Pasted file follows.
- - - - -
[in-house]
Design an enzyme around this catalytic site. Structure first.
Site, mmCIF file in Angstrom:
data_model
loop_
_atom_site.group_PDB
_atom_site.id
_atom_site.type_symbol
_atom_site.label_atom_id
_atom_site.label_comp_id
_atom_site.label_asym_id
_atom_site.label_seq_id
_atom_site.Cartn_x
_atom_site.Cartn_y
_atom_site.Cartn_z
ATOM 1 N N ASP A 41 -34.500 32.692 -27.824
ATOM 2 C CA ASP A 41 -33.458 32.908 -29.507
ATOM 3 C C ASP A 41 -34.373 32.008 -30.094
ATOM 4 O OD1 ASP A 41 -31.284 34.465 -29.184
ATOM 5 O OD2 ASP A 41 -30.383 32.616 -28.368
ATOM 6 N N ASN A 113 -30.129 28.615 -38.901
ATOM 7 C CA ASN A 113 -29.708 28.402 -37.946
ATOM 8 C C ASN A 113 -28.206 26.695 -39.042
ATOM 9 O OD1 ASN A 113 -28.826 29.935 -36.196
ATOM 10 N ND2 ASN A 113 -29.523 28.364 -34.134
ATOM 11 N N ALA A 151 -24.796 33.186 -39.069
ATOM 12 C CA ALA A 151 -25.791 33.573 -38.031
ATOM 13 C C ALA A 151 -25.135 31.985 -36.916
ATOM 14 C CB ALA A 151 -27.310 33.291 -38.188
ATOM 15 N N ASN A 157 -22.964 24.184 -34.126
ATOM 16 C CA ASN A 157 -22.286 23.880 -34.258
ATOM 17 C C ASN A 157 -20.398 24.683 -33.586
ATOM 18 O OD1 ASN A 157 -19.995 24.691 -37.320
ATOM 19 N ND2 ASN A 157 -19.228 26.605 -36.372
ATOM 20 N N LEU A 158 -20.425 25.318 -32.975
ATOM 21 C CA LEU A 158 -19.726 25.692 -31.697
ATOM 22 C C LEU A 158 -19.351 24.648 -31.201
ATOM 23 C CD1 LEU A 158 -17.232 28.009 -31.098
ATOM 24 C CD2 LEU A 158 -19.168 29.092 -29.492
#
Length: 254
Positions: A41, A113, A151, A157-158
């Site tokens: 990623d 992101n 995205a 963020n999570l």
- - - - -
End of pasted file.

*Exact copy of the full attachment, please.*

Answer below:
[in-house]
Design an enzyme around this catalytic site. Structure first.
Site, mmCIF file in Angstrom:
data_model
loop_
_atom_site.group_PDB
_atom_site.id
_atom_site.type_symbol
_atom_site.label_atom_id
_atom_site.label_comp_id
_atom_site.label_asym_id
_atom_site.label_seq_id
_atom_site.Cartn_x
_atom_site.Cartn_y
_atom_site.Cartn_z
ATOM 1 N N ASP A 41 -34.500 32.692 -27.824
ATOM 2 C CA ASP A 41 -33.458 32.908 -29.507
ATOM 3 C C ASP A 41 -34.373 32.008 -30.094
ATOM 4 O OD1 ASP A 41 -31.284 34.465 -29.184
ATOM 5 O OD2 ASP A 41 -30.383 32.616 -28.368
ATOM 6 N N ASN A 113 -30.129 28.615 -38.901
ATOM 7 C CA ASN A 113 -29.708 28.402 -37.946
ATOM 8 C C ASN A 113 -28.206 26.695 -39.042
ATOM 9 O OD1 ASN A 113 -28.826 29.935 -36.196
ATOM 10 N ND2 ASN A 113 -29.523 28.364 -34.134
ATOM 11 N N ALA A 151 -24.796 33.186 -39.069
ATOM 12 C CA ALA A 151 -25.791 33.573 -38.031
ATOM 13 C C ALA A 151 -25.135 31.985 -36.916
ATOM 14 C CB ALA A 151 -27.310 33.291 -38.188
ATOM 15 N N ASN A 157 -22.964 24.184 -34.126
ATOM 16 C CA ASN A 157 -22.286 23.880 -34.258
ATOM 17 C C ASN A 157 -20.398 24.683 -33.586
ATOM 18 O OD1 ASN A 157 -19.995 24.691 -37.320
ATOM 19 N ND2 ASN A 157 -19.228 26.605 -36.372
ATOM 20 N N LEU A 158 -20.425 25.318 -32.975
ATOM 21 C CA LEU A 158 -19.726 25.692 -31.697
ATOM 22 C C LEU A 158 -19.351 24.648 -31.201
ATOM 23 C CD1 LEU A 158 -17.232 28.009 -31.098
ATOM 24 C CD2 LEU A 158 -19.168 29.092 -29.492
#
Length: 254
Positions: A41, A113, A151, A157-158
């Site tokens: 990623d 992101n 995205a 963020n999570l």